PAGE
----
The tall, lean officer — married with three young children — is on duty the night of Anchorage’s first appreciable snowfall. He pulls away from the APD headquarters and leaves the brightly lit parking lot behind. An array of electronics hangs from his headliner, and his armrest is crowded with a locking vertical rack that holds his AR-15 rifle and a shotgun at the ready.


The screen of his laptop refreshes every few seconds with updated information, as the radio blares incessantly with the voice of a dispatcher and officers responding to calls of sexual assault, violations to restraining orders, domestic violence, gunshots to a vehicle, people lying on the highway.

By any measure there is a lot going down. But most Anchorage residents live in a protected sphere, rarely if ever encountering what Bowe and his fellow officers face as they drive through residential areas in response to calls.

“It’s our job to make it so people can go to bed and not see all of that,” he said.

In his nine years with the APD, he has had to break up countless domestic and public disturbances, haul inebriates to the warmth of shelters, discover dead bodies and everything else under the rubric of keeping the law. He has been shot at twice, been spit upon, threatened with every imaginable weapon. More than a few times he has had to tighten down on the trigger of his own gun in the sober task of taking down a gunman who’s threatening harm to fellow officers.


Night after night Bowe shoulders the duel task of enforcing the law and offering compassion, the demands of which often find him using words of consolation and handcuffs during the same household visit.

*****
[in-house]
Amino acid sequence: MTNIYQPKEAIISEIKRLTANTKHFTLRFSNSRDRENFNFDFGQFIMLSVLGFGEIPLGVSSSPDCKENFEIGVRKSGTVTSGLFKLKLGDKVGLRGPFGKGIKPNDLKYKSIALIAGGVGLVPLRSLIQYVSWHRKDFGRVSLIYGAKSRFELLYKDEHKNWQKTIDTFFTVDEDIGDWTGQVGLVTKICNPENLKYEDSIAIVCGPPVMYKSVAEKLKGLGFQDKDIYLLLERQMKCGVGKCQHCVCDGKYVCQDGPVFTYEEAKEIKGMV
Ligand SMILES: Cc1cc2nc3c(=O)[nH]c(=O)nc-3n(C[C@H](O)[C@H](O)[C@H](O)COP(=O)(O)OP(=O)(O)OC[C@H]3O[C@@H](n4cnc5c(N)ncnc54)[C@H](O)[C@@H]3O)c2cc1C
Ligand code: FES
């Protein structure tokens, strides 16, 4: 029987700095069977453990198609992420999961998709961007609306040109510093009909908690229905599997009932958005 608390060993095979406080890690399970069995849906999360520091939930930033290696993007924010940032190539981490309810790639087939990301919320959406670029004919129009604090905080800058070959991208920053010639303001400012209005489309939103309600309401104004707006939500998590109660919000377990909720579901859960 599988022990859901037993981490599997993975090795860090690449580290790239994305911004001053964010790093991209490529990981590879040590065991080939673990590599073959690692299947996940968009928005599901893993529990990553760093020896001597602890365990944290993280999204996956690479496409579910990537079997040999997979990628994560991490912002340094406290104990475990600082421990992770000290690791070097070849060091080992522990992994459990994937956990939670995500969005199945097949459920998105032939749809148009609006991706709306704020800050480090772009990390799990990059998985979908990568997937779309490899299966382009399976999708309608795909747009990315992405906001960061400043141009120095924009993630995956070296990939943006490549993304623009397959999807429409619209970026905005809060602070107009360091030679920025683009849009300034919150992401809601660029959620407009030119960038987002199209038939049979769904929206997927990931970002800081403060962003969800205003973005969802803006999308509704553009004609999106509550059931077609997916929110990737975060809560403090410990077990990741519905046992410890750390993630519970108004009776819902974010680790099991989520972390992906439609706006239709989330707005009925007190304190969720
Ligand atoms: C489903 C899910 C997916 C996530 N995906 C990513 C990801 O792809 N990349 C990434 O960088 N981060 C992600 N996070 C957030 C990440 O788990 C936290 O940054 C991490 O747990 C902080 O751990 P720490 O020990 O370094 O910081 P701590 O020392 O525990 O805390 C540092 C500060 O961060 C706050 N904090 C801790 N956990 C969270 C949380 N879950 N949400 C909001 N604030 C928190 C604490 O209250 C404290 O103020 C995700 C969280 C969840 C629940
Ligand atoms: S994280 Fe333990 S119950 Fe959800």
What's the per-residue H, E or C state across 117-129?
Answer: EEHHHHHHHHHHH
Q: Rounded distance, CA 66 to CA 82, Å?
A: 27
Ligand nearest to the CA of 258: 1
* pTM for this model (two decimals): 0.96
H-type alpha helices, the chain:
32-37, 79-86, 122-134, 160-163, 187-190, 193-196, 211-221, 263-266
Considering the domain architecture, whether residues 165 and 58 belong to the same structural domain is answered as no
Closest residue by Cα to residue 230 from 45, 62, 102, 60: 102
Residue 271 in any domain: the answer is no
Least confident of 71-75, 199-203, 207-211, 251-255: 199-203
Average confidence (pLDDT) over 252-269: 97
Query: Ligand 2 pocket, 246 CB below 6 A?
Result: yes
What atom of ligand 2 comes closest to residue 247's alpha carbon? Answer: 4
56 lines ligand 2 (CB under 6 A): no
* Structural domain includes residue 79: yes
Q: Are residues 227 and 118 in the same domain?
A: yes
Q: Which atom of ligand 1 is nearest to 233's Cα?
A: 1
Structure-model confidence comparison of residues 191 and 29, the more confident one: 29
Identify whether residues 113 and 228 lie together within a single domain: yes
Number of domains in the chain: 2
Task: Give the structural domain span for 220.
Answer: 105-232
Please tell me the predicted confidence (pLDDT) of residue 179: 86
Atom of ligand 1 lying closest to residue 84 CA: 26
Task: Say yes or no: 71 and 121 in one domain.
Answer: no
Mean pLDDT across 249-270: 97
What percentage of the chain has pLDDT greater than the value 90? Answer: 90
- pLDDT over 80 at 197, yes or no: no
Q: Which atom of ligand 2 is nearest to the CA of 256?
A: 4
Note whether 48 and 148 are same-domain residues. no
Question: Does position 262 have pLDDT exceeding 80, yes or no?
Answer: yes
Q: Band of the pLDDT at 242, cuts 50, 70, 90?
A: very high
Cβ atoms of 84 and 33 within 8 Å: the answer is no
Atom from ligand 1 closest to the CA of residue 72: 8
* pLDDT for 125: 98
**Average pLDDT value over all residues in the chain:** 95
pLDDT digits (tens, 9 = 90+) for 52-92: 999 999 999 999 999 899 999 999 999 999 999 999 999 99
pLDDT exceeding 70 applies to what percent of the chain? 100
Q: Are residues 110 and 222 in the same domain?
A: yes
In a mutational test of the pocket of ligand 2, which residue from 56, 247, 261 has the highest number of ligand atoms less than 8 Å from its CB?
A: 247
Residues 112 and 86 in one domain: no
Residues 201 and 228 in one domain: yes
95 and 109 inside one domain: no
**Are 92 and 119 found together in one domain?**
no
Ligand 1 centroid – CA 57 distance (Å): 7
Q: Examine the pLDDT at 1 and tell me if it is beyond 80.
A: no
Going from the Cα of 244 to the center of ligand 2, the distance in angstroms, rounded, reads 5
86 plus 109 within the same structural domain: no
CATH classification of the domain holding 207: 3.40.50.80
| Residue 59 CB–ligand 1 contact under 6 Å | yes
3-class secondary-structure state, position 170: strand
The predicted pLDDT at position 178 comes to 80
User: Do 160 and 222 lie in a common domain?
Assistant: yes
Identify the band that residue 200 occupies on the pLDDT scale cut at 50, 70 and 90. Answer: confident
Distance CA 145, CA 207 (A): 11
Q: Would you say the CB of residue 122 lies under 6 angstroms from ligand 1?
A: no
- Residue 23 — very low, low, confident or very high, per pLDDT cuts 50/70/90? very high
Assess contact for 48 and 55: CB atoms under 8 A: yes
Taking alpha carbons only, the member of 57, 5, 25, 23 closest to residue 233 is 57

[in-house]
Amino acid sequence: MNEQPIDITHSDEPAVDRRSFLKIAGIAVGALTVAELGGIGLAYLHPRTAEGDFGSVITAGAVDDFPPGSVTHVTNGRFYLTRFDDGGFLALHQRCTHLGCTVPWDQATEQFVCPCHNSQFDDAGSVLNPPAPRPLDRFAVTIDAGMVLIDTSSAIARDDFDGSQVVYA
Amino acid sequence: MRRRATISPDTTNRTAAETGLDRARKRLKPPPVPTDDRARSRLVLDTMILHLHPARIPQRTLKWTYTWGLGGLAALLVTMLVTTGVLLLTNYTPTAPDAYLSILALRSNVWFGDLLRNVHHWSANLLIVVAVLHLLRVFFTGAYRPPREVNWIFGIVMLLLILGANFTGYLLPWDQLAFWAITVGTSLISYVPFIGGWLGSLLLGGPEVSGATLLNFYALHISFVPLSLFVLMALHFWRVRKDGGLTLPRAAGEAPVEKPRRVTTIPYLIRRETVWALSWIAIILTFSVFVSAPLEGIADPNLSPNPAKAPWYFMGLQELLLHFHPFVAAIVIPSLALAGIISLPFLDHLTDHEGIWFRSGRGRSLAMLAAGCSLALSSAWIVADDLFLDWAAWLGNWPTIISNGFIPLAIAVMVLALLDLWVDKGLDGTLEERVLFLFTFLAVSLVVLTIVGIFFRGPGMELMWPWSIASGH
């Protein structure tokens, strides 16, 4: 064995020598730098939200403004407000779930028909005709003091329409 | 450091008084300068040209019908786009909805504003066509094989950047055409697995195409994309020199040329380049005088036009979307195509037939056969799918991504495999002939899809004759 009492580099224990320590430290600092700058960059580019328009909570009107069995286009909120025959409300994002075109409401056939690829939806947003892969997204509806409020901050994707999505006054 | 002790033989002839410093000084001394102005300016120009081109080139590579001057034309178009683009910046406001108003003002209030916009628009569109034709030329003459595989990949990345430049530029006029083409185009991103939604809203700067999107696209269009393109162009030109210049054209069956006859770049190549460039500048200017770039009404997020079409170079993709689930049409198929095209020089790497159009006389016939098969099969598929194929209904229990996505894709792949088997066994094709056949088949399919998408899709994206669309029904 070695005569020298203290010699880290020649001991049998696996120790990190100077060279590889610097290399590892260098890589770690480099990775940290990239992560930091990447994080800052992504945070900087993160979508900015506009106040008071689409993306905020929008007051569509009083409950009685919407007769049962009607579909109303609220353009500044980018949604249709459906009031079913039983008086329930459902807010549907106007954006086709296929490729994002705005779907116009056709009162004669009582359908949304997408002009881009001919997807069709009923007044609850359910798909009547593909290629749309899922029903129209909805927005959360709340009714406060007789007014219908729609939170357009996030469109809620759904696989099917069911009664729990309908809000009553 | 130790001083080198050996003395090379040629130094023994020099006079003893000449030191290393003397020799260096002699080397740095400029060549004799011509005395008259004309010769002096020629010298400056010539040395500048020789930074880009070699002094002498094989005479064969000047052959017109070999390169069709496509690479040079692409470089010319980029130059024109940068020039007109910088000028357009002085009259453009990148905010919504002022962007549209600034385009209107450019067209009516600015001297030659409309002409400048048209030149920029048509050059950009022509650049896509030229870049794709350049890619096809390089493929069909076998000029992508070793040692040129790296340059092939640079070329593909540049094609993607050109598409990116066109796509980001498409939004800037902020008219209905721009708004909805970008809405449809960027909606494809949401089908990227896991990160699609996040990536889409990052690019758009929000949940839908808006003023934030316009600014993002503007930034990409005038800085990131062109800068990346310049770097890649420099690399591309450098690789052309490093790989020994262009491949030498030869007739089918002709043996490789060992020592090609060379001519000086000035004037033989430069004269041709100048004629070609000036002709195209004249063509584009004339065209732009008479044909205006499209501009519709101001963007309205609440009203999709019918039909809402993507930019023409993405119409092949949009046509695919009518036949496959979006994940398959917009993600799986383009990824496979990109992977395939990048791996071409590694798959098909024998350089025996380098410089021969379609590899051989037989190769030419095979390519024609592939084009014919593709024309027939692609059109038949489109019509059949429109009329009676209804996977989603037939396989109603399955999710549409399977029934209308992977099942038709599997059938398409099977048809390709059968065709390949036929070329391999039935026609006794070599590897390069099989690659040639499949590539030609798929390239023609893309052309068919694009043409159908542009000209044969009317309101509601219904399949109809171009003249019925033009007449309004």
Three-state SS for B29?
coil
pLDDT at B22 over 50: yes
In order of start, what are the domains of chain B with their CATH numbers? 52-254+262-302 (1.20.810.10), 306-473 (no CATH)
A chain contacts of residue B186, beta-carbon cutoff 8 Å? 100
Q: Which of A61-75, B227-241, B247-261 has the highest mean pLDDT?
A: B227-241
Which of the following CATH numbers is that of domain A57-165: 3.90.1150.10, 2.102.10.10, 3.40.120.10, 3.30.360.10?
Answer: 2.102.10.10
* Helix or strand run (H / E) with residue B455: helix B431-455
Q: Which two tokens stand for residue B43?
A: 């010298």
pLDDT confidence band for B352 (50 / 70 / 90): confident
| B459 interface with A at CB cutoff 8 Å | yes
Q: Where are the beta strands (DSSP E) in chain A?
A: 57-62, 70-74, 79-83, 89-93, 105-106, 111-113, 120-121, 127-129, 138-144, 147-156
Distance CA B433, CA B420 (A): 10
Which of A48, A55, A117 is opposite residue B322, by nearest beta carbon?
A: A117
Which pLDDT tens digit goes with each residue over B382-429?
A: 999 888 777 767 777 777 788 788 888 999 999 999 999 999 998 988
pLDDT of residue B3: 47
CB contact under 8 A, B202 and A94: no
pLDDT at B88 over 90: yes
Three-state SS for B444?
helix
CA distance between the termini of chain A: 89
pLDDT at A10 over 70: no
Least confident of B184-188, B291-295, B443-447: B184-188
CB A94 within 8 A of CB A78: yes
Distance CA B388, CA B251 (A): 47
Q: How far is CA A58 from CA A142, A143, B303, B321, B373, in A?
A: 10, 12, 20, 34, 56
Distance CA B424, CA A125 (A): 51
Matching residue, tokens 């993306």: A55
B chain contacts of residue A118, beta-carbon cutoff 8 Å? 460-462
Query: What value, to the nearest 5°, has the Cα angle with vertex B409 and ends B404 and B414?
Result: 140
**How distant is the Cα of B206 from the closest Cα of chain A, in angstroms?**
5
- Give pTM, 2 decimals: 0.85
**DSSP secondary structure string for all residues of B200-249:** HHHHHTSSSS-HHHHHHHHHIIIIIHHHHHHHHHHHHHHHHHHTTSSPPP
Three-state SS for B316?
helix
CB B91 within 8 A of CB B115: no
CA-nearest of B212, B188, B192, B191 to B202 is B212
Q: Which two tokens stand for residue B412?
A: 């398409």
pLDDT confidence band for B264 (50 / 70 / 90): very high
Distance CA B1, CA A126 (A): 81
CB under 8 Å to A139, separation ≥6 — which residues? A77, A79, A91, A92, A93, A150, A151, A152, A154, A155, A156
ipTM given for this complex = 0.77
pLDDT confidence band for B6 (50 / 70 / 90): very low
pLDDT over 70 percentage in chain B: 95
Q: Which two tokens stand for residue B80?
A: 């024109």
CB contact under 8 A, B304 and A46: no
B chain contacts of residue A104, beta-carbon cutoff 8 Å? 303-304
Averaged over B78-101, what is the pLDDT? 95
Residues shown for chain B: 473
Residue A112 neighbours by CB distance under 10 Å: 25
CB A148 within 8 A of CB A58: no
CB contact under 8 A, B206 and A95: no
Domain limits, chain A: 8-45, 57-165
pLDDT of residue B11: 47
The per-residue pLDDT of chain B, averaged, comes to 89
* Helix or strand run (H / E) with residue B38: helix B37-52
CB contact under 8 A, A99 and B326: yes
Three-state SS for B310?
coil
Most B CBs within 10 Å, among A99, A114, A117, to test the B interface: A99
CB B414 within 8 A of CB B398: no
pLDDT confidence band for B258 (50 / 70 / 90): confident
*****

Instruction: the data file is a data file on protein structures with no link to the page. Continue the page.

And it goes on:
The most severe crimes demand drawing from within himself to treat hardened criminals with the same respect as any other citizen. That’s where his Catholic faith provides perspective.

“Were it not for my faith,” Bowe said, “this would be a pretty bad job.”

He and 380 other officers sworn into duty with APD have committed to protecting the safety of Anchorage’s civilians. In upholding the law, several of his colleagues and a first cousin have paid the ultimate price through the years.

That the possibility of death lurks but a radio call away provides impetus for “maintaining a spiritual readiness,” said Bowe, a cradle Catholic. In addition to keeping his spiritual life aimed at eternity he said he embraces a strong sense of resignation to God’s will. So far that arrangement has worked out well and he returns each morning to his wife Lisa, 36, son Leo, 4, and daughters Regina, 2, and Yvette, 8 months.

“God knows when it’s my time to go,” Bowe reflected.

Equally daunting in the spiritual health of a Catholic cop is the split-second decision to use deadly force to take the life of another. Involved in more than one shootout during his tenure with APD, he has not had to pull the trigger on a killing shot. Still, he well remembers his first time being among officers who did.

“The first thought that went through my mind was for the repose of his soul,” Bowe recalled, adding that he prays for perpetrators in crimes of all kinds.